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Graham Domke Q&A: Katy Dove Exhibition

26 September 2016

Our new exhibition shows the work of Katy Dove (1970-2015), a Scottish artist who created drawings, collages, paintings, prints and animations. We caught up with DCA Exhibitions Curator Graham Domke to find out more about Katy, her work, and how the exhibition came together.

Who was Katy Dove and what can people expect from visiting this exhibition?

Katy Dove (1970 - 2015) was an important figure in the Scottish art scene and this is the largest exhibition to date of her animations, paintings, prints and work on fabric. It hopefully serves as an introduction to, or reminder of, her work to audiences both unfamiliar and already acquainted with her practice. The response in the first few days has been really strong. The main gallery is devoted to Katy’s animations and they are presented on a massive scale. The room is filled with her and her band's music. People really respond to the patterns, rhythms and colours that she used to such great effect in all of her work. We are working in partnership with High Life Highland to enable the exhibition to travel to Inverness, Thurso and Wick in early 2017. Having the exhibition tour from the city in which she studied and emerged as an artist, to the region in which she grew up is a great way to remember a much-loved member of the Scottish art community.

What made you want to show Katy's work in the galleries?

I had the opportunity to work with Katy in 2009 for our 10th anniversary group exhibition The Associates but had been fascinated by her work for a long time before then.

"The exhibition is not a definitive look at her career, more of a primer. There is a lot more to be revealed over time."

 

I had wanted to work with her on a solo exhibition. Although it has become a different kind of project to work on a show without her, I hope that it does justice to her inspirational work. Katy's work really suits the DCA spaces - the smaller gallery has the intimacy to house the small scale, painted pieces and the animations really pulse in the larger gallery. I wanted our audience to have the opportunity to see as much of her work as possible. New students coming into our city will have the chance to see work by someone who studied here at DJCAD and went on to have a successful career as an artist.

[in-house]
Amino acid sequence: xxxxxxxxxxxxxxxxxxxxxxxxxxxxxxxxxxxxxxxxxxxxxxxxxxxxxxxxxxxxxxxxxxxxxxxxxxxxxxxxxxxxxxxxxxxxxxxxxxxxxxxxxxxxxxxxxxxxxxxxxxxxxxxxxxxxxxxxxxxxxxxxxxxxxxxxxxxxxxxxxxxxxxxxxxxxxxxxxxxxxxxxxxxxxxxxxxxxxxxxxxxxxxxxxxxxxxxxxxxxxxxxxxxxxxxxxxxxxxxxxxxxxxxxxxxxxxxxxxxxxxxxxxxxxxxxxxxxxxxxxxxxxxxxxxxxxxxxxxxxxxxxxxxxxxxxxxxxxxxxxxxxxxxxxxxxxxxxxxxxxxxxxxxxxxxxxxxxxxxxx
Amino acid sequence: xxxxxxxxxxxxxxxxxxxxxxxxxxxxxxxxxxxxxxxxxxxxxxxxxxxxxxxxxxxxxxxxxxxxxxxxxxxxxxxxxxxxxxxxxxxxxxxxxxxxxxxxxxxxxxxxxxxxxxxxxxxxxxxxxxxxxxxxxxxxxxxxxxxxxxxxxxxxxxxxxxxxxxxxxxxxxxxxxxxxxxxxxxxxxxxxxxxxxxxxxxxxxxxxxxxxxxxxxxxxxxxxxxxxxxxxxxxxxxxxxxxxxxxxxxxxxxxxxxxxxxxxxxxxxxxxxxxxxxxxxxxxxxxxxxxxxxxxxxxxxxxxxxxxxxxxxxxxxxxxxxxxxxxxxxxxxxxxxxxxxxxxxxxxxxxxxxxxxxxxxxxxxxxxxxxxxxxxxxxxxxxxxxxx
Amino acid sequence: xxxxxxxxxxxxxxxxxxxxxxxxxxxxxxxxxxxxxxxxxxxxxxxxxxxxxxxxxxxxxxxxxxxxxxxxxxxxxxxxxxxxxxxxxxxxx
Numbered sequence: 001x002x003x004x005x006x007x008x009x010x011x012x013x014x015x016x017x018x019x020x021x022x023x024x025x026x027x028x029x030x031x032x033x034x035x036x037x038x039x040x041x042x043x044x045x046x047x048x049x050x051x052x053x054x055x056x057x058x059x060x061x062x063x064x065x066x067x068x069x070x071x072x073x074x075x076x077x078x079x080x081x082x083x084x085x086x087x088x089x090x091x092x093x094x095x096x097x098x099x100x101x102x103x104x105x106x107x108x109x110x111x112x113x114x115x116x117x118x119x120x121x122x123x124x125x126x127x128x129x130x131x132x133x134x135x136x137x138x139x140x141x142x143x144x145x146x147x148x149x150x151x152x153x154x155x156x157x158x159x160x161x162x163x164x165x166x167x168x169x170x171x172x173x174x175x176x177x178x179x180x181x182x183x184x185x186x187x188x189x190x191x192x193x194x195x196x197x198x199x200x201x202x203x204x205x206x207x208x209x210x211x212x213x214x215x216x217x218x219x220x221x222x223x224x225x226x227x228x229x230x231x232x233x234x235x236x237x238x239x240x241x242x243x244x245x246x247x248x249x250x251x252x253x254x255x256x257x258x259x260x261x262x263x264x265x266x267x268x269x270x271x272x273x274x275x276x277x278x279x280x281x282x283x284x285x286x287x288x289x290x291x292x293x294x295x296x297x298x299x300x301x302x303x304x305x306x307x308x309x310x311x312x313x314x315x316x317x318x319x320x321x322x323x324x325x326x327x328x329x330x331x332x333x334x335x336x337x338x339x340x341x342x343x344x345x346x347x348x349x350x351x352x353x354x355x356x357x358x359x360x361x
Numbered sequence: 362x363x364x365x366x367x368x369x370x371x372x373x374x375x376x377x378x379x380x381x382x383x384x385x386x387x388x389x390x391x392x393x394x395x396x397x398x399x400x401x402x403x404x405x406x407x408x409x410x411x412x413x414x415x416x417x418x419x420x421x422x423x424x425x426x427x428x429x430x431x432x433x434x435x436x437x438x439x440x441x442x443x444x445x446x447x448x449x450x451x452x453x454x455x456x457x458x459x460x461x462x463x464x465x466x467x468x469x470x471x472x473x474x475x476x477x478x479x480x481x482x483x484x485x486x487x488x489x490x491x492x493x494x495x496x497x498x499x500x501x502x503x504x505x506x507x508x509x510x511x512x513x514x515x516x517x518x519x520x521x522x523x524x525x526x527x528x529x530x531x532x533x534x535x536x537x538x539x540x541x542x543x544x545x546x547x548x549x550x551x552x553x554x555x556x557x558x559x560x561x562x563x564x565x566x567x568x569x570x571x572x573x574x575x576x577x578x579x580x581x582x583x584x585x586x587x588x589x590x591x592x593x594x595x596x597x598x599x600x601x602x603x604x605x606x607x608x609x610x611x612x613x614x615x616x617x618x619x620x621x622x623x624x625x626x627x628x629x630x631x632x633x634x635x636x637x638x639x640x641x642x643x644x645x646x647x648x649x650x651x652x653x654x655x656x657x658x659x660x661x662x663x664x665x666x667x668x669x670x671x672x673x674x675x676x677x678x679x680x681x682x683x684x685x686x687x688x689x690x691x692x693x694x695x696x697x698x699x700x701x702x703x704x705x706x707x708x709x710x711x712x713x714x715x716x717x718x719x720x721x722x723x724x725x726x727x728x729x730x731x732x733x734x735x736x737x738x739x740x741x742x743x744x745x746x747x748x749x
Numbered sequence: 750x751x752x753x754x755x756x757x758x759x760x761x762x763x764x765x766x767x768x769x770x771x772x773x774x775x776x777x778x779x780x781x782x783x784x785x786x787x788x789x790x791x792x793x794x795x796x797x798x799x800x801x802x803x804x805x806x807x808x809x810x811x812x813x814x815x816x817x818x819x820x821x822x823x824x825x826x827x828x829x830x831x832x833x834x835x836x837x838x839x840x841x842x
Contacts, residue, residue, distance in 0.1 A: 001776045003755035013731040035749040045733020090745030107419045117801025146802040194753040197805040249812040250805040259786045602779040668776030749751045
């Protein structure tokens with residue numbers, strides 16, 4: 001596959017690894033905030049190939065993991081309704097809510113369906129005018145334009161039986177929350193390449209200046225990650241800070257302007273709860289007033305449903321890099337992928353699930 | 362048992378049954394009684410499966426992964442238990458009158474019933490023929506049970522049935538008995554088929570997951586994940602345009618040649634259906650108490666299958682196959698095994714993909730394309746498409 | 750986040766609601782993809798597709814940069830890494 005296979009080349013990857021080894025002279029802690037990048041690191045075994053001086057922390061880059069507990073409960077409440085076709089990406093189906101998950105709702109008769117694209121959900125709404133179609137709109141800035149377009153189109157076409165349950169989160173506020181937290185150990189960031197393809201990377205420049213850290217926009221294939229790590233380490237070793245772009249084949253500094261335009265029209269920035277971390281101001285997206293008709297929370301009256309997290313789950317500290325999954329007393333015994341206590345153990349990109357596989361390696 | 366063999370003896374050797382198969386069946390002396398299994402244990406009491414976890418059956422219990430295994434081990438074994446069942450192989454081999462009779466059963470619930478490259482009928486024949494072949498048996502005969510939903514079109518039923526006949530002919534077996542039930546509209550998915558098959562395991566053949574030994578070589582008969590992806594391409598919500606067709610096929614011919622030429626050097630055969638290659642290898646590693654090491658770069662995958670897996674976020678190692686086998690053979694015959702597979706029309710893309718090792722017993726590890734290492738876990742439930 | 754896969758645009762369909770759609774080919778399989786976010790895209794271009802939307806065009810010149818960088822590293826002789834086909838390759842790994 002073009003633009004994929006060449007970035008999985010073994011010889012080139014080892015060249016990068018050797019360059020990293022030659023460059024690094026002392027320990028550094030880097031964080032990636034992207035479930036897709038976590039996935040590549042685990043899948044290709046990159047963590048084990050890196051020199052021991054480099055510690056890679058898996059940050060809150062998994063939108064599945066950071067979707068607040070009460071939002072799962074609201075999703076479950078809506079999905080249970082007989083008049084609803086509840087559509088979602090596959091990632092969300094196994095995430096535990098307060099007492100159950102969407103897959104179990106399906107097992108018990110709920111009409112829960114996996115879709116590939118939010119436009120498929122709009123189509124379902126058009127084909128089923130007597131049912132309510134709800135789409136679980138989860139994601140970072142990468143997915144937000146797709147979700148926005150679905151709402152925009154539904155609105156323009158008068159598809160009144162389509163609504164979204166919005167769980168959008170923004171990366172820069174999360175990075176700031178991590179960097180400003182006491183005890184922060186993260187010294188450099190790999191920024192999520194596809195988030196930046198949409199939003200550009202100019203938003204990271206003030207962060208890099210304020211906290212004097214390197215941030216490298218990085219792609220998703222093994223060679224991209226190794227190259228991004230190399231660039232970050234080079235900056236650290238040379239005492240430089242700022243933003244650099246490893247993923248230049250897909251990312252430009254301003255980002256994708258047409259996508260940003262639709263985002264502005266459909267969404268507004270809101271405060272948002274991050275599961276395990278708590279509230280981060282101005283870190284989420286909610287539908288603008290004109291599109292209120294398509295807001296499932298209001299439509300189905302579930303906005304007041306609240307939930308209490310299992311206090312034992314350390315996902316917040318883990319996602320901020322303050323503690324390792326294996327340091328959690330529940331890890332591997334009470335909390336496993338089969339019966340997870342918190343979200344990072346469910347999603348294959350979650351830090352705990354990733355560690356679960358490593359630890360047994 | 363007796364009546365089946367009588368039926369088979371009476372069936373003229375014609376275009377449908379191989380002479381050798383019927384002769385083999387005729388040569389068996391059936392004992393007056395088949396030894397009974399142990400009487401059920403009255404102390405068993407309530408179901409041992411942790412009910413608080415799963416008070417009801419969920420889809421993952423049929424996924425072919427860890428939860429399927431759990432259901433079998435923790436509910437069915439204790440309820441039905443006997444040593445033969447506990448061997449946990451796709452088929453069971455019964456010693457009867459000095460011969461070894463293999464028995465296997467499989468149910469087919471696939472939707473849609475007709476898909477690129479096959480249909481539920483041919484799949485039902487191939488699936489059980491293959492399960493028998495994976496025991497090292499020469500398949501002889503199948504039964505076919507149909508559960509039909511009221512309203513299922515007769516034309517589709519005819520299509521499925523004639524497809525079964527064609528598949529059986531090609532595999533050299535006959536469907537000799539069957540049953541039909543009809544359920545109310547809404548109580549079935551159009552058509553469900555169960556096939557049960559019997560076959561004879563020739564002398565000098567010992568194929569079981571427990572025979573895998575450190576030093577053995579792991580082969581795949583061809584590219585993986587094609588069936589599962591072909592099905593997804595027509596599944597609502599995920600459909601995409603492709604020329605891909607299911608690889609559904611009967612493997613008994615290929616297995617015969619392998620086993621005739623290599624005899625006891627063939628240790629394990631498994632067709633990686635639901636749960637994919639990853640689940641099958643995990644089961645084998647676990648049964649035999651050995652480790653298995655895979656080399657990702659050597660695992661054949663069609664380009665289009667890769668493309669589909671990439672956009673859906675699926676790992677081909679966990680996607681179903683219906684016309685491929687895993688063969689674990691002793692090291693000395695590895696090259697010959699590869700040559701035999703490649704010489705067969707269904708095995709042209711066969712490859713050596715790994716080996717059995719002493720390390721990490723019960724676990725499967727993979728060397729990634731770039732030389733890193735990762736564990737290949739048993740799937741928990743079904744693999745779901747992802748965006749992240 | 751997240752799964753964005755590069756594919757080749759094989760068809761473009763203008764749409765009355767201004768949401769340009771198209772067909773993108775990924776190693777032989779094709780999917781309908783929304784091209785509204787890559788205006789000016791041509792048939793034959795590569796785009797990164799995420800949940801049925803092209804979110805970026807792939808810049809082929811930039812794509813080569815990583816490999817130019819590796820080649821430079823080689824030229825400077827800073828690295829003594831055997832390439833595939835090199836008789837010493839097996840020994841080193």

How did you choose which works to show?

I chose bodies of work that are either classic Katy Dove, or are a bit less well known. I have gone as far back as her earliest animation Fantasy Freedom that was part of her 1999 DJCAD graduation show (during which time she worked as an usher in DCA Cinema). Katy worked in so many different mediums and DCA galleries are big enough to showcase quite a lot of her work. I was able to take valuable advice from a couple of her close friends who had collaborated with her. The exhibition is not a definitive look at her career, more of a primer. There is a lot more to be revealed over time.

What do you think it is about Katy's work that attracts people of all ages?

The work is playful and curious. We are often introduced to animation as children by adults who were introduced to animation when they were children. Katy's animations blend hand-drawn with computer editing techniques and whilst they recall some artistic traditions since the late 19th Century, they feel very contemporary. Katy had such a fresh approach to abstract art and I think there is space in her work for interpretation and personal response.

How do the events that are planned to run alongside this exhibition complement the work on show?

Planning events is always exciting as it gives you the chance to expand the concept of the exhibition. Katy Dove was really interested in music and dance so it felt really important to bring elements of these disciplines into the mix. Dance artist Sheila Macdougall was a close collaborator with Katy, and will visit the exhibition on a number of occasions to formulate her response which will be presented in the galleries on 17th November. Stevie Jones and Sound of Yell (Sun 6 November) are a perfect fit for the show. Stevie has played a number of concerts at DCA over the years with the likes of Norman Blake, Bill Wells, Aidan Moffat, Cara Tolmie and Luke Fowler and also as a solo performer. I'd love it if someone reading this felt stimulated to respond to the exhibition - our (((echo))) event on Thu 10 November is a platform event for that to happen. If you are interested in proposing a response to Katy Dove’s exhibition please email exhibitions@dca.org.uk by Mon 31 October.

Our Katy Dove exhibition runs until Sun 20 November. The galleries are open daily 10:00 - 18:00 and until 20:00 on a Thursday. Share your photos, videos and thoughts about our exhibition through social media using #KatyDove - we love to hear from you.

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